About the Division
The Art History and Critical Studies Division is integral to NSCAD’s studio-based programs in art, craft and design. Courses in art history, English, film history and theory, art education and critical studies serve as both program requirements and general academic electives. Ranging from introductory surveys to senior seminars, these courses bring together students from all divisions, fostering a cross-disciplinary flow of ideas and interaction.
Enhanced by its setting within an art school, the division also offers a Bachelor of Arts, Major in Art History program within a unique interdisciplinary environment. Though it emphasizes Western art, craft, design and architecture from the 19th century onward, the program also provides opportunities to study non-Western art, and to engage in critical discourses surrounding the social production and reception of art. Students in all NSCAD degree programs may also take a minor in art history.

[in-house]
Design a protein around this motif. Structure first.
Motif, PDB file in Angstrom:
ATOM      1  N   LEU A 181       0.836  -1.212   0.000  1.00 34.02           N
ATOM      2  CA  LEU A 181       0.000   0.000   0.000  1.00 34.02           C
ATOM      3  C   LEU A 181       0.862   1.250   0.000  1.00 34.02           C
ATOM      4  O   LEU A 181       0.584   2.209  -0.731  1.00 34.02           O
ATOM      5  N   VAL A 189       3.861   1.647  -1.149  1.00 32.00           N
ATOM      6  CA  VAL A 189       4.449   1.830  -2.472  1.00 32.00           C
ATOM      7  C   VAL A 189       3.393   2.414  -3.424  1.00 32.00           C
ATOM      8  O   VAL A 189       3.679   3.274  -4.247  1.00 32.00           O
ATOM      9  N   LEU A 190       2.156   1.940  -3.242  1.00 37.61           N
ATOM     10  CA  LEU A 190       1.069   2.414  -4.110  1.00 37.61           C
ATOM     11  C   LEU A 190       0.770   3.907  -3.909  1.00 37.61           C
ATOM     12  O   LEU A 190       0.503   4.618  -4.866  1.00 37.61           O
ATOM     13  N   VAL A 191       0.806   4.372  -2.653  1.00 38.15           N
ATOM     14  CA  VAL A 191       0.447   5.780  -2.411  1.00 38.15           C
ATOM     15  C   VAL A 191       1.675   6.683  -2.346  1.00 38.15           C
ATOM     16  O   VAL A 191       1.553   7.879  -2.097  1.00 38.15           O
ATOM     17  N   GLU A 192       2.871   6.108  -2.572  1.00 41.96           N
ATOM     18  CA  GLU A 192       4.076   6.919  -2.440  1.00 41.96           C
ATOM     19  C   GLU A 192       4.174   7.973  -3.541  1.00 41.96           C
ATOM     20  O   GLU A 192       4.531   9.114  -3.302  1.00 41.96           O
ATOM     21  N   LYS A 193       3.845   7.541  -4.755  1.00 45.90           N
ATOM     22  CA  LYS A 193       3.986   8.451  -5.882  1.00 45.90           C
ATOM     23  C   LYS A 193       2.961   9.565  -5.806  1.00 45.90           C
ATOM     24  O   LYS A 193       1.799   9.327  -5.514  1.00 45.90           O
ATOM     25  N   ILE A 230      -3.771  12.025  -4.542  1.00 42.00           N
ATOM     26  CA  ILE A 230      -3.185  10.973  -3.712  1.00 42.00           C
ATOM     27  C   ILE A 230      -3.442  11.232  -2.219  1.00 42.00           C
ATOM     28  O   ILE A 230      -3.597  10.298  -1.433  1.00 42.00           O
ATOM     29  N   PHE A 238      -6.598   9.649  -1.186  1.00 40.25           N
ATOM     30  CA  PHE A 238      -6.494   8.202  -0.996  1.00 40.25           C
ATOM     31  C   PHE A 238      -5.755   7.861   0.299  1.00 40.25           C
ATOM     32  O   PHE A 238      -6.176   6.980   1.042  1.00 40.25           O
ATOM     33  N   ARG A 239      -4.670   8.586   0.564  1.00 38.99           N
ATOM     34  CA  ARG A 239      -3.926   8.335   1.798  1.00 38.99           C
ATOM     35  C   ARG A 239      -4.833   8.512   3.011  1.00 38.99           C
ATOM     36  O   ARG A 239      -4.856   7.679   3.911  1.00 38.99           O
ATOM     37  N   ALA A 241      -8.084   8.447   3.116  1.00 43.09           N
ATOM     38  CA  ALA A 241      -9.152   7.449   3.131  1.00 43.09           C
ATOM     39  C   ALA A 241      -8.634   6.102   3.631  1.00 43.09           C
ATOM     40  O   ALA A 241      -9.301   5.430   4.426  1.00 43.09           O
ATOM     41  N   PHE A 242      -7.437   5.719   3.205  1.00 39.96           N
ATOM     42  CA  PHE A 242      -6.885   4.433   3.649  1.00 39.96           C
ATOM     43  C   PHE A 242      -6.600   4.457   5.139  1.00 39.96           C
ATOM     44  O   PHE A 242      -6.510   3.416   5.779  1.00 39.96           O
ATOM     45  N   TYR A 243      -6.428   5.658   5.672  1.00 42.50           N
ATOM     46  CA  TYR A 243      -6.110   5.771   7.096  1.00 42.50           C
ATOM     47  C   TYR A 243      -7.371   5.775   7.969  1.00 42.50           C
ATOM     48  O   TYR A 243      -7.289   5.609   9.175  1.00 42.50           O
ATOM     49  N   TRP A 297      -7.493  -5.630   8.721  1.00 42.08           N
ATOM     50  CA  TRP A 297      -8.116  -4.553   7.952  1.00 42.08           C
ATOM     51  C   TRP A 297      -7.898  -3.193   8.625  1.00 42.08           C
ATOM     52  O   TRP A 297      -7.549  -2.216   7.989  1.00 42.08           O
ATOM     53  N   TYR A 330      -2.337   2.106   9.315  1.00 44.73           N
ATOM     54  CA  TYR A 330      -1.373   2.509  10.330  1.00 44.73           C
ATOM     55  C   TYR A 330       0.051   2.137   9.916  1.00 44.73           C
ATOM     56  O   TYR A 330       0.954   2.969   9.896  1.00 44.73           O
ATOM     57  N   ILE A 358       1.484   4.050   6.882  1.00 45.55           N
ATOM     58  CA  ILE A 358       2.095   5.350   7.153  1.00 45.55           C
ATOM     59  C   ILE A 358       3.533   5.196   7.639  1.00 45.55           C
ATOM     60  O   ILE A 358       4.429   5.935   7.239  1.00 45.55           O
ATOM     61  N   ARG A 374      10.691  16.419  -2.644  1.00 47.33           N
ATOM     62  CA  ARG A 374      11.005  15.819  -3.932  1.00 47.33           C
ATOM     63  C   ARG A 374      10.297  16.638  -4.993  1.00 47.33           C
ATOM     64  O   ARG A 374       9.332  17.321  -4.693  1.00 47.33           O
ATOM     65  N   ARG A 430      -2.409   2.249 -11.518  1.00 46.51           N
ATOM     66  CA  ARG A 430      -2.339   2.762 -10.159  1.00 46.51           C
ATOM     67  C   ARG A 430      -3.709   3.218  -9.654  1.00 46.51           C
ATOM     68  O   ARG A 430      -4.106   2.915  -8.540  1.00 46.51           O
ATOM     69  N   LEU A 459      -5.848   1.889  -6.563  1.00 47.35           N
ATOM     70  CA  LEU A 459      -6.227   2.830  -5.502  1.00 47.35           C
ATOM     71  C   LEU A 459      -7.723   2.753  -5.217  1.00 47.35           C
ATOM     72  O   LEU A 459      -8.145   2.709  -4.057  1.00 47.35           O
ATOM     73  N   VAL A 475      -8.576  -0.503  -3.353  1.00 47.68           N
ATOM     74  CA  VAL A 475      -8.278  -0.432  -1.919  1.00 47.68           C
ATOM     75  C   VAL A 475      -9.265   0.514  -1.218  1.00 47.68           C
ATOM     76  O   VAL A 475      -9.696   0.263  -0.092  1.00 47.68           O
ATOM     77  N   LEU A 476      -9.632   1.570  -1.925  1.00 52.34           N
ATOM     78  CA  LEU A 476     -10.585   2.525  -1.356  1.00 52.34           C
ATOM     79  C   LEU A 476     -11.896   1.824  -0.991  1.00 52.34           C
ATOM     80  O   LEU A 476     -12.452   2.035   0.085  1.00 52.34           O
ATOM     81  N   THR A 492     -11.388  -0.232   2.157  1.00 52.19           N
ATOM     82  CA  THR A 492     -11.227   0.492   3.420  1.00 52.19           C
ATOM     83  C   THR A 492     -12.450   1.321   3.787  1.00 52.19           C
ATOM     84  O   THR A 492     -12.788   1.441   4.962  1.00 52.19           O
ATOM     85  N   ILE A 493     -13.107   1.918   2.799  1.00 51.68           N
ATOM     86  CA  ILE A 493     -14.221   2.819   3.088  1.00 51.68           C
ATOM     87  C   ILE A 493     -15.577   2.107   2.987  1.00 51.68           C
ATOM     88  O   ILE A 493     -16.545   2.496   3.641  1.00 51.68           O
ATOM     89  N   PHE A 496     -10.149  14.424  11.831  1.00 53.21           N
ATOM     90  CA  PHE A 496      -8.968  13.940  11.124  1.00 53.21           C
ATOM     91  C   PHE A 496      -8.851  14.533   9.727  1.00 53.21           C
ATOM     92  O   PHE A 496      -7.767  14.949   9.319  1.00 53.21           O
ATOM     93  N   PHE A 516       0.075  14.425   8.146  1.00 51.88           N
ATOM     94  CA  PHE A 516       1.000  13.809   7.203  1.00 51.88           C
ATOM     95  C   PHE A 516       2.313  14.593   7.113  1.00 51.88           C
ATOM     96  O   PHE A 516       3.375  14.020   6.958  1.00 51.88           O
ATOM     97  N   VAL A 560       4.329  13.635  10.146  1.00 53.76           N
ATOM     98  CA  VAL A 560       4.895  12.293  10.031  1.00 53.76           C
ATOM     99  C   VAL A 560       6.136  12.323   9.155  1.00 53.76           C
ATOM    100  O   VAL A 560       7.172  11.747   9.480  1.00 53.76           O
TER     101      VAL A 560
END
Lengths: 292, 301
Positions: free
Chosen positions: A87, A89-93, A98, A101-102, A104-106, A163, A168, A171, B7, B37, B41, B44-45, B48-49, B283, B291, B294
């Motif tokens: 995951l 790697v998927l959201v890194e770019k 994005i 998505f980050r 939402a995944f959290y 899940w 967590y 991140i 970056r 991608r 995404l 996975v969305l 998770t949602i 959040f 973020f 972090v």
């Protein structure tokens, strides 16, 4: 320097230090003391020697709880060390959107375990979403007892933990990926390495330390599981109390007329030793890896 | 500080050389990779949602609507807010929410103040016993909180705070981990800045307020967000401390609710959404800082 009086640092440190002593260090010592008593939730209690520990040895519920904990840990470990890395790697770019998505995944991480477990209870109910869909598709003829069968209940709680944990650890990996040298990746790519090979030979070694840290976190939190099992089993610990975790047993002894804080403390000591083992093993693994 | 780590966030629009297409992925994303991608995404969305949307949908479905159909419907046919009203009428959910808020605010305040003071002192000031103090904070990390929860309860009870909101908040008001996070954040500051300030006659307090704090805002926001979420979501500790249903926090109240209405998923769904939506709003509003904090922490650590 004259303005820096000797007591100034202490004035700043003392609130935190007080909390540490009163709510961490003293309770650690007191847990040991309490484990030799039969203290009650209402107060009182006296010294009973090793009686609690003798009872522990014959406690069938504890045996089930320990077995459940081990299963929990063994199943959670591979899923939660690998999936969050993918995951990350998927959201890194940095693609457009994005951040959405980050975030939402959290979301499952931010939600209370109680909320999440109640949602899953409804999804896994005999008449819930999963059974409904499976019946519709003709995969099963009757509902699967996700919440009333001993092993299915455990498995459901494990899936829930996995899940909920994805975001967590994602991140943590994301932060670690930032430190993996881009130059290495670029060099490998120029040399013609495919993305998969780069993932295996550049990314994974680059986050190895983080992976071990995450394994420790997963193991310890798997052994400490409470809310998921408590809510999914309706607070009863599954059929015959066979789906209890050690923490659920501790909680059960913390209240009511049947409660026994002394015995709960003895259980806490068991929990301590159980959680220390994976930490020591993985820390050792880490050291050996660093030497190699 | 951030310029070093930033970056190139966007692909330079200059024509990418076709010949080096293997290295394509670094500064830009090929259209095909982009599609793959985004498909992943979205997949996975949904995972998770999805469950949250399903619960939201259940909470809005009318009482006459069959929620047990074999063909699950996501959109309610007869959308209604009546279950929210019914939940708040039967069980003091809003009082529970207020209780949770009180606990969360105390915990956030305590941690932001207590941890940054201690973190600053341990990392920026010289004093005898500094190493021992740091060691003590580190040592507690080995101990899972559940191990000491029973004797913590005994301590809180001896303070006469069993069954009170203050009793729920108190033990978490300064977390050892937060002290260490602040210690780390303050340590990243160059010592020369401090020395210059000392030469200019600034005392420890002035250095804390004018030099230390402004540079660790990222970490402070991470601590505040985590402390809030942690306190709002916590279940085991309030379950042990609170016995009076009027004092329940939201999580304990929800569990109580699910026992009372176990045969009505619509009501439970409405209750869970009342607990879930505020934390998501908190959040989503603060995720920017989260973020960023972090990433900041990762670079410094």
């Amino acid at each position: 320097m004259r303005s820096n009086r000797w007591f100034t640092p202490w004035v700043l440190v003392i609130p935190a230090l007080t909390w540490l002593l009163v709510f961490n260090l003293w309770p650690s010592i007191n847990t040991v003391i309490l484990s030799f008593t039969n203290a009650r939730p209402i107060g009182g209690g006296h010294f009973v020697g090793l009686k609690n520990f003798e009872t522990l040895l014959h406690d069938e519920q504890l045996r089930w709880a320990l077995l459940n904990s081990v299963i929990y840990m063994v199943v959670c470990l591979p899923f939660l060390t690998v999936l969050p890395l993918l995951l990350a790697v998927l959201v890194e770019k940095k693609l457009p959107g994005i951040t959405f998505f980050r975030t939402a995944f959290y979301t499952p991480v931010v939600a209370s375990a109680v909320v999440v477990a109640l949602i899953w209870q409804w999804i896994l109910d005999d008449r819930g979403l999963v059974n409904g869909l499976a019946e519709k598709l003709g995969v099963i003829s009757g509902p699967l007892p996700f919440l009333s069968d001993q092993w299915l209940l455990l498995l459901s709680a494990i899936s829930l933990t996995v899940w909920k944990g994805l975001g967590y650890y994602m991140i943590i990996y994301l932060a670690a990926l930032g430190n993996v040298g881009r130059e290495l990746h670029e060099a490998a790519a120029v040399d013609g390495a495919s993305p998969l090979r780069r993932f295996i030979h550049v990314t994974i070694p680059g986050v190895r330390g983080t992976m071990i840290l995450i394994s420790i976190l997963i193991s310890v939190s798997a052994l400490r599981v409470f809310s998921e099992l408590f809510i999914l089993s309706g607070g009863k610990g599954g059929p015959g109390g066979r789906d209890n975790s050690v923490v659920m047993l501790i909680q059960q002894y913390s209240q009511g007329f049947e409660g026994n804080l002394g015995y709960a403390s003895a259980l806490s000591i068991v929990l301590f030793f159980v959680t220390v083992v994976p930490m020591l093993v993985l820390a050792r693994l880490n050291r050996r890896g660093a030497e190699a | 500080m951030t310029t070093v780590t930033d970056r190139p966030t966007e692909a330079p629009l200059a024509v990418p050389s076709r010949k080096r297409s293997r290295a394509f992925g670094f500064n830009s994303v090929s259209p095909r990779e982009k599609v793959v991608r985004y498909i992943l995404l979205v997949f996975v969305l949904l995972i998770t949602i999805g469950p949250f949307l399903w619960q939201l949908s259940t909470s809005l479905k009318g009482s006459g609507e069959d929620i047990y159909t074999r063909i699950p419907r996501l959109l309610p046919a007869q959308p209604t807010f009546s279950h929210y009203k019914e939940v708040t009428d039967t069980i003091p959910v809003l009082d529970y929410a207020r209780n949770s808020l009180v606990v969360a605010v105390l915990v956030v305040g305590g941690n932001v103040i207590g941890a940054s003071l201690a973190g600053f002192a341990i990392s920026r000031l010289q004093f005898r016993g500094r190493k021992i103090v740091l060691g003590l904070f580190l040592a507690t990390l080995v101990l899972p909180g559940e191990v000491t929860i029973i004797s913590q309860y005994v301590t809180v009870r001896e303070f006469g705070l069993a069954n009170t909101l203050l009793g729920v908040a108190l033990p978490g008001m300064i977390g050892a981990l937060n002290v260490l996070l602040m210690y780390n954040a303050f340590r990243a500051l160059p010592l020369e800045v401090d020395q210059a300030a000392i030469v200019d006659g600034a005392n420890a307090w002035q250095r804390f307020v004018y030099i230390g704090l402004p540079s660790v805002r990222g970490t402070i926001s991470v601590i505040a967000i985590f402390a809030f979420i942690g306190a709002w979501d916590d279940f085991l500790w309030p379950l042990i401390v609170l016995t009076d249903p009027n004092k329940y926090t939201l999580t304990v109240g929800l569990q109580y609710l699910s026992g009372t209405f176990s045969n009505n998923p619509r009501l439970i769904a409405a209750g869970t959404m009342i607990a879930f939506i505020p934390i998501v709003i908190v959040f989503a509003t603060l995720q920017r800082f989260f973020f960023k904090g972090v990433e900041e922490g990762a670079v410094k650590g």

Bachelor of Arts Major in Art History (Non-Studio Transfer)
You will enter the Major in Art History after completing a suggested one year (30 NSCAD credits) of social sciences and humanities courses at another university or college. NSCAD University offers courses in art and film history, critical studies, English literature, Queer studies, material studies, and art education, which all contribute to a strong art history degree. You will gain knowledge and expertise through courses ranging from Ancient, Medieval, Renaissance, Baroque, to Canadian modern art theory and criticism.
For more information or to apply please click here